Markets regulator Sebi on Thursday indicated that the issuance of Masala bonds, or rupee-denominated bonds in the overseas market, has been temporarily ceased till foreign portfolio investors’ (FPIs) utilisation of investment limits in corporate debt falls below 92 per cent. “As rupee-denominated bonds issued by Indian corporates overseas are covered under CCDL, issuance of such bonds overseas shall temporarily cease, until the limit utilisation falls back to below 92 per cent,” the Securities and Exchange Board of India said. CCDL stands for Combined Corporate Debt Limit.
According to latest depository data, FPIs have utilised 92.89 per cent of the available quota of Rs 2.44 lakh crore. Bond experts pointed out that the step might be a result of appreciating currency due to huge amounts of foreign inflows into debt and equity. Sebi indicated that the CCDL shall be available on tap for investment by foreign investors till the overall investment reaches 95%, after which, the auction mechanism shall be initiated for allocation of the remaining limits.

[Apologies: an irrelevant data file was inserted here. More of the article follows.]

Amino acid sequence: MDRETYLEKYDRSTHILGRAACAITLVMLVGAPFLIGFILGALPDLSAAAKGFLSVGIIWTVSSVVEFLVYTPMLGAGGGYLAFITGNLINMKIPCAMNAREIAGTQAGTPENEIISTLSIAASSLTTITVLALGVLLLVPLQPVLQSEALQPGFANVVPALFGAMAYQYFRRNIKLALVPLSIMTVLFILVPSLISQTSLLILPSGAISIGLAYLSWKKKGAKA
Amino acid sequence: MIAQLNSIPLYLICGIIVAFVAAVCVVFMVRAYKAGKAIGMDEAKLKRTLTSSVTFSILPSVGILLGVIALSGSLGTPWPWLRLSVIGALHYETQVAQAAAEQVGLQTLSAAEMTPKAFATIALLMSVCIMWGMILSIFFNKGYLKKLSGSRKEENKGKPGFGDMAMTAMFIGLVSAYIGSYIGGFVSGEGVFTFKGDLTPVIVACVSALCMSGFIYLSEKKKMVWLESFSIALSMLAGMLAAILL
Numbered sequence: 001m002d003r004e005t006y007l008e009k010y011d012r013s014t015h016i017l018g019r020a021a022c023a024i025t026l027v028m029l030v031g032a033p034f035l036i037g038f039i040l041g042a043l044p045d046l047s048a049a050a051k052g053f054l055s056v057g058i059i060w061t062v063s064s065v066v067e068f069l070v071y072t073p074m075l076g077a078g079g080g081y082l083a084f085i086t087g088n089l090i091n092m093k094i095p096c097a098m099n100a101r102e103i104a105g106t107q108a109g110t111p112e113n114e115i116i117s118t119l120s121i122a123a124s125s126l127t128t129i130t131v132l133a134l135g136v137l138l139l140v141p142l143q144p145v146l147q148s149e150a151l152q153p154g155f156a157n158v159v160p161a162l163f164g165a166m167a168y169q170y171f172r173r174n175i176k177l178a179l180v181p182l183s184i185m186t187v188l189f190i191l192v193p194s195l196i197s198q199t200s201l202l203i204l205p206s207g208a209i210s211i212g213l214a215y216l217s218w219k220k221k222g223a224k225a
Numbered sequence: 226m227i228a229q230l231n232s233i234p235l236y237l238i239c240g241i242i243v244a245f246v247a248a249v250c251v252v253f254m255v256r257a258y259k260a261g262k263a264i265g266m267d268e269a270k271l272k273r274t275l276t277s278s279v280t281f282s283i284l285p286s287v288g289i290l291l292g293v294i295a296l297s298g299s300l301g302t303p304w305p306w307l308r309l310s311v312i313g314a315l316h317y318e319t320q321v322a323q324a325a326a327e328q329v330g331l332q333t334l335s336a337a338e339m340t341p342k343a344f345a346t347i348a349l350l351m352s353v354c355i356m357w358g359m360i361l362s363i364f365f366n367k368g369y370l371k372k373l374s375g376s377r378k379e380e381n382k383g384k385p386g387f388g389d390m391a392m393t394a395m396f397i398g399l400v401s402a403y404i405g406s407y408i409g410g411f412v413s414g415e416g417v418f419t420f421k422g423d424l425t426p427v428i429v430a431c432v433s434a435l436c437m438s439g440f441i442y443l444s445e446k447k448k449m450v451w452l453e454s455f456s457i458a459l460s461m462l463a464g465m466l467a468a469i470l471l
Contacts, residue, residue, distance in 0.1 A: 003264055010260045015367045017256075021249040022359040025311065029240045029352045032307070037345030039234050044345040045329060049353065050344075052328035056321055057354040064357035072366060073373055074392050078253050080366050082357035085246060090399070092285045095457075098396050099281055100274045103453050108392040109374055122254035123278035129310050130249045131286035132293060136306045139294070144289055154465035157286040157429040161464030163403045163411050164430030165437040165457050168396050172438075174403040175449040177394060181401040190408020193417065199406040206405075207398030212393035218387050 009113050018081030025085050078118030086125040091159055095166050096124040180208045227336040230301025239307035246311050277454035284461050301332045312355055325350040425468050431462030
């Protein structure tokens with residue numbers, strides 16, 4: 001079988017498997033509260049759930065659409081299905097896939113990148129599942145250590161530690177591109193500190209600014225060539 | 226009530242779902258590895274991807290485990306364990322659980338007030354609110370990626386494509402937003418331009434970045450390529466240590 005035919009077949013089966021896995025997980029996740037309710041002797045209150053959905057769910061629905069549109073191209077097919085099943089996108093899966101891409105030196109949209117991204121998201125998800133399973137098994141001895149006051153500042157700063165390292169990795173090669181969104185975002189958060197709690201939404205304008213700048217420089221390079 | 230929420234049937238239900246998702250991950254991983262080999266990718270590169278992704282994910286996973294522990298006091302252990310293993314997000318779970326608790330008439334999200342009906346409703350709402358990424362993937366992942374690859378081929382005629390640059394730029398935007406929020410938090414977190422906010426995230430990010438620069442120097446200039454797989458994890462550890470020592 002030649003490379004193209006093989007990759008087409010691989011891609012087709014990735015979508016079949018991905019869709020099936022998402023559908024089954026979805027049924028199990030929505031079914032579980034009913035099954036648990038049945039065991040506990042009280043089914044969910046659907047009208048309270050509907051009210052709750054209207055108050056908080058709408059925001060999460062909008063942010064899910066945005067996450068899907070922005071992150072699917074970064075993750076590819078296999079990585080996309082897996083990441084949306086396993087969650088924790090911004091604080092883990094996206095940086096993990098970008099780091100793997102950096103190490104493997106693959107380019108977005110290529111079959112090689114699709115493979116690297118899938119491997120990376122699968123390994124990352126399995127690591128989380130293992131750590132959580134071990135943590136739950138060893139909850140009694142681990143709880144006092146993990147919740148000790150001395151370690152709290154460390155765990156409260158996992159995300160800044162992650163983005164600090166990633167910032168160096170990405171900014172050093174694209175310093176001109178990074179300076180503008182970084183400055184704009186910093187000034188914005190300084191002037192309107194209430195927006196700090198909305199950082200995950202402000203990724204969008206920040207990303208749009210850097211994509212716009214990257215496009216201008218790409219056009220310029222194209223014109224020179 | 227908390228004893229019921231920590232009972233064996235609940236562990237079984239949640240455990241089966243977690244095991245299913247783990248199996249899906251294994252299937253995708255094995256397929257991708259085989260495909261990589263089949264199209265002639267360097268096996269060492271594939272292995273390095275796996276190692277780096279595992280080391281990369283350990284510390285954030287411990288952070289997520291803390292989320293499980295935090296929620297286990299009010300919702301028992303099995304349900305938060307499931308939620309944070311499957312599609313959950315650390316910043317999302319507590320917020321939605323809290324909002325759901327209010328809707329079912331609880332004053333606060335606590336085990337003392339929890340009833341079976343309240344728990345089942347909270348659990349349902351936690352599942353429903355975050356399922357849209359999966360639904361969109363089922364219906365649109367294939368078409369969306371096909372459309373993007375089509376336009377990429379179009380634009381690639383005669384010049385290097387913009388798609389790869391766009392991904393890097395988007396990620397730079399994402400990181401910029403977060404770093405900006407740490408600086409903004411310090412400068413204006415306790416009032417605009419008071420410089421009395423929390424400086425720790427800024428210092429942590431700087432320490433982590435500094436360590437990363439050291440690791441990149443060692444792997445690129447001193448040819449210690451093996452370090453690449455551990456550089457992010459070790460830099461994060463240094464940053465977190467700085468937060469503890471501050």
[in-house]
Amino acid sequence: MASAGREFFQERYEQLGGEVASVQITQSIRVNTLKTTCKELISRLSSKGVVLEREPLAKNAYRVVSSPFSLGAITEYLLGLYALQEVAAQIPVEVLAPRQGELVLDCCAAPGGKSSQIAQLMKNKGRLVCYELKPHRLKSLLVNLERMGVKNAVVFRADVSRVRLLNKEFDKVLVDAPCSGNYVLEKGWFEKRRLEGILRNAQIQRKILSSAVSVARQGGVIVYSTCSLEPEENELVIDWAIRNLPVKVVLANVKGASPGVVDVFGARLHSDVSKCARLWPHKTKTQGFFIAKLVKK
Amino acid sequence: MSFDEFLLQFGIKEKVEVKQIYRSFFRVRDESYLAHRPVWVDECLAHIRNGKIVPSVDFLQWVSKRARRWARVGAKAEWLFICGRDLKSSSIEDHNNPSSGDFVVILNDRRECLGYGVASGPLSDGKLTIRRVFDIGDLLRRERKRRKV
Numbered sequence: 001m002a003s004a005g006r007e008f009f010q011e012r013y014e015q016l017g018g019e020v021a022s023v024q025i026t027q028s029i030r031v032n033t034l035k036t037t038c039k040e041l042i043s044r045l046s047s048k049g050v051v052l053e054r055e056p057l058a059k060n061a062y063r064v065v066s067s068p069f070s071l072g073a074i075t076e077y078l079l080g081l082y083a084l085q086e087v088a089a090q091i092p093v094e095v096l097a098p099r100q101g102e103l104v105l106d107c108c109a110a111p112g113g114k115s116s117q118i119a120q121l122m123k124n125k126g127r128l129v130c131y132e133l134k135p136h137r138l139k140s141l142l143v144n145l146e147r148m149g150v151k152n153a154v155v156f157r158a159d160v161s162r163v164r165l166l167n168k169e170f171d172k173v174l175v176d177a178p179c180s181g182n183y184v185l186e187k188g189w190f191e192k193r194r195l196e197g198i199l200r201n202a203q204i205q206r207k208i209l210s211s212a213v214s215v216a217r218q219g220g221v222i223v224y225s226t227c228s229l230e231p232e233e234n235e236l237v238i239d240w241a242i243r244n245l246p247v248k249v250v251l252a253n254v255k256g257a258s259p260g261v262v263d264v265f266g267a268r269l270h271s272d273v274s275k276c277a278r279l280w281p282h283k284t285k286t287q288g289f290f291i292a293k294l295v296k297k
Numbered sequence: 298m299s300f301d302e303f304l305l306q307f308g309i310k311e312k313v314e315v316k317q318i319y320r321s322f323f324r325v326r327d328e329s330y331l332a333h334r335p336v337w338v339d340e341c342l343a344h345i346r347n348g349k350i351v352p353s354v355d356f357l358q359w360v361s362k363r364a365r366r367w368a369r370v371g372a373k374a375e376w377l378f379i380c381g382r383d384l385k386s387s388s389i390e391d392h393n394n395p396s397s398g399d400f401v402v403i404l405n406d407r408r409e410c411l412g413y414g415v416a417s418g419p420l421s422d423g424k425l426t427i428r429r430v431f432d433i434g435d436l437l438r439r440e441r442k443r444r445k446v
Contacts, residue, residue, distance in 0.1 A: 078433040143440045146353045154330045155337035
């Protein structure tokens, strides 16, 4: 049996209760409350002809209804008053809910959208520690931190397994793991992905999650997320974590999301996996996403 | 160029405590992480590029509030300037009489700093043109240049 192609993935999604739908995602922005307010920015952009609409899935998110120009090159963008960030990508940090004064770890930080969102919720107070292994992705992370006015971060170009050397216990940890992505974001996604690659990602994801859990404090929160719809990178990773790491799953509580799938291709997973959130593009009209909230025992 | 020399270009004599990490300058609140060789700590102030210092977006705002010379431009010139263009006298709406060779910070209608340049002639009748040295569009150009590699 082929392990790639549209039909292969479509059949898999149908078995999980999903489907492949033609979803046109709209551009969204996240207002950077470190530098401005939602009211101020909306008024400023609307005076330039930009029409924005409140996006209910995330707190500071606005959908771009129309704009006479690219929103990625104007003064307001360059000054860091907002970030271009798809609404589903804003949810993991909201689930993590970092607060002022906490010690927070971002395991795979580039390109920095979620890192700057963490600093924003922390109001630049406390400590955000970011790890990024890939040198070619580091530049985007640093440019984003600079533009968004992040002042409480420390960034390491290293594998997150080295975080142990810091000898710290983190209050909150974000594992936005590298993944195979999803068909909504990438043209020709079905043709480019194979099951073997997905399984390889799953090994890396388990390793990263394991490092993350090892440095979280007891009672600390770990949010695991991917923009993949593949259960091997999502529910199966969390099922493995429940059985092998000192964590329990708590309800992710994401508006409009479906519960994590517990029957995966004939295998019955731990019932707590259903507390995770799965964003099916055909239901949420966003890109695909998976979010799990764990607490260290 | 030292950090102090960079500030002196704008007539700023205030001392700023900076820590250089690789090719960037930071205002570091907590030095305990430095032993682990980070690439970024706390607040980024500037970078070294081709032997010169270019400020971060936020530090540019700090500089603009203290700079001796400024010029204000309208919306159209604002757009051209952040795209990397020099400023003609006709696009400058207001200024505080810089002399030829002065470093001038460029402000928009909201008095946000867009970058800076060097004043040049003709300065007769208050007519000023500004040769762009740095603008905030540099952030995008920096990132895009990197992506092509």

So far, rules indicated that if the FPI utilisation of limits crossed 90 per cent, the remaining limits have to be put up for auction. This is the process which has been followed for government securities that witness significant interest from FPIs. Sebi stated that in the event the overall FPI investment in CCDL exceeds 95 per cent as indicated by the debt utilisation status updated daily on the websites of NSDL and CDSL, the depositories shall direct the custodians to halt all FPI purchases in corporate debt securities.
Following this the exchanges have to be notified. Auctions will then be conducted on the exchanges — alternatively on the BSE and the NSE. The auction mechanism shall be discontinued and the limits shall be once again available for investment on tap when the debt limit utilisation falls below 92 per cent, Sebi stated. FE